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I’ve been hearing more and more about homesteaders and farmers growing mushrooms and was curious to find out what all the fuss is about. Though I love to eat mushrooms, I hadn’t seriously considered growing my own until I read Mycelial Mayhem by David and Kristin Sewak. Now, I feel like I have really been missing out by purchasing mushrooms from the supermarket as there are so many interesting and delicious types of mushrooms beyond the white button and portobellos typically found in grocery stores. Besides, with unregulated, gene edited mushrooms coming on the market, I’d rather grow my own!
From a young age, David picked wild mushrooms with his grandfather and now he has been cultivating them for more than 15 years. After composting mushrooms and incorporating used mushroom mulch in his garden, David realized that mushrooms can help to improve soil as well as enhance the flavor and nutrition of vegetables. For example, David and Kristin credit wine cap stropharia in their garden for improving the taste of their kale and subsequently better sales. Kristin’s interest in mushrooms extends to their medicinal properties – she makes supplements, reishi tea, and even a mushroom facial cream. For more information and to connect with David and Kristin, visit the book website and blog at www.mycelialmayhem.com.
The book includes the following sections which are named after different parts of a mushroom:
- Section I: Mycelia includes mushroom purposes, their physical structure/components, and how mushrooms benefit humans as well as the environment. Did you know that mushrooms are used to shrink tumors, help with dementia, lower blood pressure, clean up pollutants in the environment, and create compostable packaging material?
- Section II: The Stem includes instructions for cultivating different types of mushrooms (from purchasing spawn to knowing the right time to harvest), collecting and purveying wild mushrooms, and using mushrooms for companion planting and sustainability. Indoor and outdoor growing techniques, the degree of difficulty for growing different types, materials/supplies needed, growing mediums (such as wood/wood chips, straw, rope, and cotton seed hulls), and instructions for pasteurizing straw are discussed.
- Section III: The Fruit of Your Labor covers culinary and nutritional benefits of mushrooms, guidelines for harvesting, storing, and processing mushrooms, and recipes. Nearly 70 pages are devoted to launching, managing, and marketing a mushroom business. In the appendices, there are lots of sample marketing and communication materials.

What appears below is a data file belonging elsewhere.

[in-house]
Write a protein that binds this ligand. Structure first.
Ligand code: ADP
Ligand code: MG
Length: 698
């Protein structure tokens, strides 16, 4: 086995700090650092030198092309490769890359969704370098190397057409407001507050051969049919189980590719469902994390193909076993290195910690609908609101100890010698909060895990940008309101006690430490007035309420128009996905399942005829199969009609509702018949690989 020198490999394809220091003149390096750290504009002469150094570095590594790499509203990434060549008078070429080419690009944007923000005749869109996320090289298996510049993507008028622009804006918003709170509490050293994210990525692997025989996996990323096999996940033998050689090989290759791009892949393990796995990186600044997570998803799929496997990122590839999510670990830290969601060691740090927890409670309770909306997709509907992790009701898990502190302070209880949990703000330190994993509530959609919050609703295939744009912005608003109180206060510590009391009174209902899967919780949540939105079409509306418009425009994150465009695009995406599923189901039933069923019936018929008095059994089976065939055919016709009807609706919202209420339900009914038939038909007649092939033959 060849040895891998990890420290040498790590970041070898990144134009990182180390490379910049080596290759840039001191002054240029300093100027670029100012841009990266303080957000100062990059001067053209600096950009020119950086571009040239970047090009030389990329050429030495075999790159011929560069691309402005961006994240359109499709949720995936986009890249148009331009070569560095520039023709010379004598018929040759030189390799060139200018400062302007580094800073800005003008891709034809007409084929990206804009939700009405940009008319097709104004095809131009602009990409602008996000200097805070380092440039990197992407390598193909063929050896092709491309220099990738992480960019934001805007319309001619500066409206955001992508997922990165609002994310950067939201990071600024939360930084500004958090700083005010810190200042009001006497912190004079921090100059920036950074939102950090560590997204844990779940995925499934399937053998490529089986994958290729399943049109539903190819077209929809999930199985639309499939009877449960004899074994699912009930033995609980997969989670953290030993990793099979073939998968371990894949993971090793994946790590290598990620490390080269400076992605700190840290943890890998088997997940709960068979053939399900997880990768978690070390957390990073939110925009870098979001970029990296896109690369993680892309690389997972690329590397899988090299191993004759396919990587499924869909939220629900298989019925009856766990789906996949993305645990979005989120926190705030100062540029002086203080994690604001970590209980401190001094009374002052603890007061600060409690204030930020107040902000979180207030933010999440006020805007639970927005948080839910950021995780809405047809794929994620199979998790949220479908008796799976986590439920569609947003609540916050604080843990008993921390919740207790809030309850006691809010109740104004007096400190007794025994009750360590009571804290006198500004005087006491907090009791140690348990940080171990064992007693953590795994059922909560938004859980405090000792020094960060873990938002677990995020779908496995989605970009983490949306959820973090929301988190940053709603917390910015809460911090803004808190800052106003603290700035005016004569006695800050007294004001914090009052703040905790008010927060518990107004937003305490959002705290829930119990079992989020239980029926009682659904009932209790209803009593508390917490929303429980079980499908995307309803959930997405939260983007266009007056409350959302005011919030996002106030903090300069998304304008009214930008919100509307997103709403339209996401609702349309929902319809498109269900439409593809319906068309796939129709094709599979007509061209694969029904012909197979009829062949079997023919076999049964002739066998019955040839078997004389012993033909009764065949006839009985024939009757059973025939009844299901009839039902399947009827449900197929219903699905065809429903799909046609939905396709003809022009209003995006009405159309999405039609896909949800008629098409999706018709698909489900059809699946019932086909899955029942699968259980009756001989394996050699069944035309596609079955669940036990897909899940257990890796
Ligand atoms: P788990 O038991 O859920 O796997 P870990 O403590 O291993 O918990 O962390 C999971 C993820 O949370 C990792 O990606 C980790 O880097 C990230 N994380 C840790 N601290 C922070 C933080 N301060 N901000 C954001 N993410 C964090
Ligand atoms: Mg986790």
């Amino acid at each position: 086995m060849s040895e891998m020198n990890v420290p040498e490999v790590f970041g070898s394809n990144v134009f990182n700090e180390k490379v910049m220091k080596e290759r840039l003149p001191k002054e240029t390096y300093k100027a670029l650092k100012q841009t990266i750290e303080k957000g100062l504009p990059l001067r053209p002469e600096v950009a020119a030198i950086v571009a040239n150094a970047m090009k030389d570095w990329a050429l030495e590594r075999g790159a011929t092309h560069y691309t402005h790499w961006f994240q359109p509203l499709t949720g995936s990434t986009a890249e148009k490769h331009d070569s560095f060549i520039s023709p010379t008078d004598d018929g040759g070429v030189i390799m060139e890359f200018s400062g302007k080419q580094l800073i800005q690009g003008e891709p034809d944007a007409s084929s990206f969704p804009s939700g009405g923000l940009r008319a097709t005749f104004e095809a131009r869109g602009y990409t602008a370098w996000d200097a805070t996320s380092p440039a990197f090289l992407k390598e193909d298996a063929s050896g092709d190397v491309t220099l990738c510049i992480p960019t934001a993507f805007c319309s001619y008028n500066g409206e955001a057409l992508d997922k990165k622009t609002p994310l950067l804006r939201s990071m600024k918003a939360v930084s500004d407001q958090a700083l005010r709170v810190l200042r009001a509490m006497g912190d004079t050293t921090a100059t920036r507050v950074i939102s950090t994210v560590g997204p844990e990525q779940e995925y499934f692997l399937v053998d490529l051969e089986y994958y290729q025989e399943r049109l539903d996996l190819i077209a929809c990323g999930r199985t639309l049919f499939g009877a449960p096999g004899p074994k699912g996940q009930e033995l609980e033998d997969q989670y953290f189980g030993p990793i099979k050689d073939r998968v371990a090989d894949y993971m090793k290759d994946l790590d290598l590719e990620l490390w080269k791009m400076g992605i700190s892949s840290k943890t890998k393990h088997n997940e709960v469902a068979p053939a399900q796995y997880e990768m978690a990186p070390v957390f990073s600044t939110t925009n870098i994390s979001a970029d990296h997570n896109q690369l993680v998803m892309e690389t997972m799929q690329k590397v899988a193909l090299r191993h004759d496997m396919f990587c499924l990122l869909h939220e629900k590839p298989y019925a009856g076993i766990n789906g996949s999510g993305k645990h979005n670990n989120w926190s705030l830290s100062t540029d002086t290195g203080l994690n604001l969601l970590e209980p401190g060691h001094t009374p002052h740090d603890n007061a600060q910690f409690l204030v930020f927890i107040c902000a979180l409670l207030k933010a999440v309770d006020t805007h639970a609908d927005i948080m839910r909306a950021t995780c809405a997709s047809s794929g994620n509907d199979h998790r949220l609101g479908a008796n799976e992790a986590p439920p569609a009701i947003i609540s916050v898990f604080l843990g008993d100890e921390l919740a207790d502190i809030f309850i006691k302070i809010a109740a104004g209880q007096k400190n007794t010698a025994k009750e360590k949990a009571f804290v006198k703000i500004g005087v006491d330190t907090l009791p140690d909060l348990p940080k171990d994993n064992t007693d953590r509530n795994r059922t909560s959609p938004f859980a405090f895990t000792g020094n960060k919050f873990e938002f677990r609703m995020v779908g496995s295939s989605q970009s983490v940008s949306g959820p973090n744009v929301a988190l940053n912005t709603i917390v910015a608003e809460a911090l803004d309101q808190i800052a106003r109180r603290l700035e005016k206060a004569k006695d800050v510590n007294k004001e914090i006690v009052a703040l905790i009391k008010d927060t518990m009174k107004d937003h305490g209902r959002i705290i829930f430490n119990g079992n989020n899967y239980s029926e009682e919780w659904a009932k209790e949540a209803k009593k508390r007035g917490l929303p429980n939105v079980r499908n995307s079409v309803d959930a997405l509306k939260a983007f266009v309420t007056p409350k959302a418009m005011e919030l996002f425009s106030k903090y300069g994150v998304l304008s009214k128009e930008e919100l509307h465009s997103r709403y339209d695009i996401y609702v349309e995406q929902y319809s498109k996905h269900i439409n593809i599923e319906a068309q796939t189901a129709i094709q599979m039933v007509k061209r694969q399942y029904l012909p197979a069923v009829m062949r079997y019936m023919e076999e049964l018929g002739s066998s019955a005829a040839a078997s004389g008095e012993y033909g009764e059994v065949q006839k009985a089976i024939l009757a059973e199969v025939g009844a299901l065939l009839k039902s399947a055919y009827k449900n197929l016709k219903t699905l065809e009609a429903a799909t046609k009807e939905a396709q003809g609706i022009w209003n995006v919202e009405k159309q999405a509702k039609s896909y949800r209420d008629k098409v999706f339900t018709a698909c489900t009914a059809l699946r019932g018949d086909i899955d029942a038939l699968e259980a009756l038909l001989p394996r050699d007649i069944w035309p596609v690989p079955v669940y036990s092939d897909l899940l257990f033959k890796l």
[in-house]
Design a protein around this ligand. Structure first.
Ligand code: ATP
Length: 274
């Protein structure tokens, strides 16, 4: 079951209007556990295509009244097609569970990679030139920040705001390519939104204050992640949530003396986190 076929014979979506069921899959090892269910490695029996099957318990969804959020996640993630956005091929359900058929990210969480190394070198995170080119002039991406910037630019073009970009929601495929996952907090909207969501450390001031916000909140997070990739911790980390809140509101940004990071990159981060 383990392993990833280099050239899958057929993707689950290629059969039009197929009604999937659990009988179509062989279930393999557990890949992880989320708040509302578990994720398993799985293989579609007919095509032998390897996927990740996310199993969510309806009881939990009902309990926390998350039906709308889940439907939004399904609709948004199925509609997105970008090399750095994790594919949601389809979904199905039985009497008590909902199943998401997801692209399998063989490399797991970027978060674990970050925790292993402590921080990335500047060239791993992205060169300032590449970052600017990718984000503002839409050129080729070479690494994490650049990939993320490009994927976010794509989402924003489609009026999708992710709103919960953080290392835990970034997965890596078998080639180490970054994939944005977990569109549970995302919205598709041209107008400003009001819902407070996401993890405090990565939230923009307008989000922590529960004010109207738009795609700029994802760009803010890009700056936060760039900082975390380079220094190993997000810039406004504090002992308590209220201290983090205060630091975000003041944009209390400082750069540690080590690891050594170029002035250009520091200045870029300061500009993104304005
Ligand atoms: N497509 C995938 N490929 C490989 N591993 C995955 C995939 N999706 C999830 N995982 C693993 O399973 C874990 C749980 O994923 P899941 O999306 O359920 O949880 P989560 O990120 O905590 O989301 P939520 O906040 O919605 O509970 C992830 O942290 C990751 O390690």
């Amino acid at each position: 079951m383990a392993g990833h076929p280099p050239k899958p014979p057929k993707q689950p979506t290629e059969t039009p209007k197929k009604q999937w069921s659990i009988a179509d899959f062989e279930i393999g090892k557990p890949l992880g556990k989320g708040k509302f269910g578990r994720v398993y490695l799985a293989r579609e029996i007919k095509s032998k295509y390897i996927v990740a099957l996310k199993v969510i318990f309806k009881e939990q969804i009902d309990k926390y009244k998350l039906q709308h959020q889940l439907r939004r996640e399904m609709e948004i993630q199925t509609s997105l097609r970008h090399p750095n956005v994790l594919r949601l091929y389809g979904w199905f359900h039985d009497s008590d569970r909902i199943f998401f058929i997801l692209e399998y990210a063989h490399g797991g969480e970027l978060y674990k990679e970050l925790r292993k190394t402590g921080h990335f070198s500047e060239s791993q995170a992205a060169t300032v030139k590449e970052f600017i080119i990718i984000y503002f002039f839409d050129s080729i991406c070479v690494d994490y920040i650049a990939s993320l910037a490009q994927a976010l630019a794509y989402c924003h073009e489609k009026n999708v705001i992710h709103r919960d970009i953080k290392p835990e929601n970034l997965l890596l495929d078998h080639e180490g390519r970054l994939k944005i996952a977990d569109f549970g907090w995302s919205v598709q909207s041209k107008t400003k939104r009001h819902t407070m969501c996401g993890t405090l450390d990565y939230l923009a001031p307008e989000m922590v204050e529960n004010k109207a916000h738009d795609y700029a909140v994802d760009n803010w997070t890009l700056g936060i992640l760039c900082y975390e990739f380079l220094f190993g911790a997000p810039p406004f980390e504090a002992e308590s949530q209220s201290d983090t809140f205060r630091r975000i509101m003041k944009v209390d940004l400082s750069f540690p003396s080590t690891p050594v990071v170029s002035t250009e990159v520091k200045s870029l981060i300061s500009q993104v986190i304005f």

- Section IV: Spreading the Spores – If you’re not already convinced, David and Kristin’s concluding statements will likely inspire you to grow mushrooms!
Getting Started Growing Mushrooms
In a helpful “Assessment Checklist” David and Kristin outline key considerations and supplies you’ll need to start growing mushrooms. How much land you have, the species of trees on your land, and your access to water, shade, and substrate/growing mediums will impact which growing techniques and types of mushrooms will be most successful. Be prepared, you’ll either need to know how to use a chainsaw or find a lumberjack who can help you cut logs!
Wine Cap Lasagna Method
I plan to start with growing wine cap stropharia using David and Kristin’s “wine cap lasagna” method, which doesn’t require cutting logs and can be placed in your garden under the shade of kale plants. Essentially, this involves layering 1-2 inches of hardwood (they use oak, maple, and beech) mulch, then a layer of straw (should be natural, uncolored, and untreated) with wine cap spawn sprinkled on top, another layer of hardwood chips, more straw and spawn, and a third/final layer of hardwood chips. Then, water thoroughly and keep it moist. David and Kristin use drip hoses in the evening for about an hour. A 5.5 lb. bag of wine cap spawn can inoculate a 20-inch row. If you start these this spring, you should have mushrooms by fall!
Janie Hynson is an aspiring homesteader in North Carolina. She recently moved back to her hometown after living in Boston for six years and then traveling across the U.S. working on organic farms. Janie works in public health and sustainable agriculture and is interested in how health can be improved through homesteading.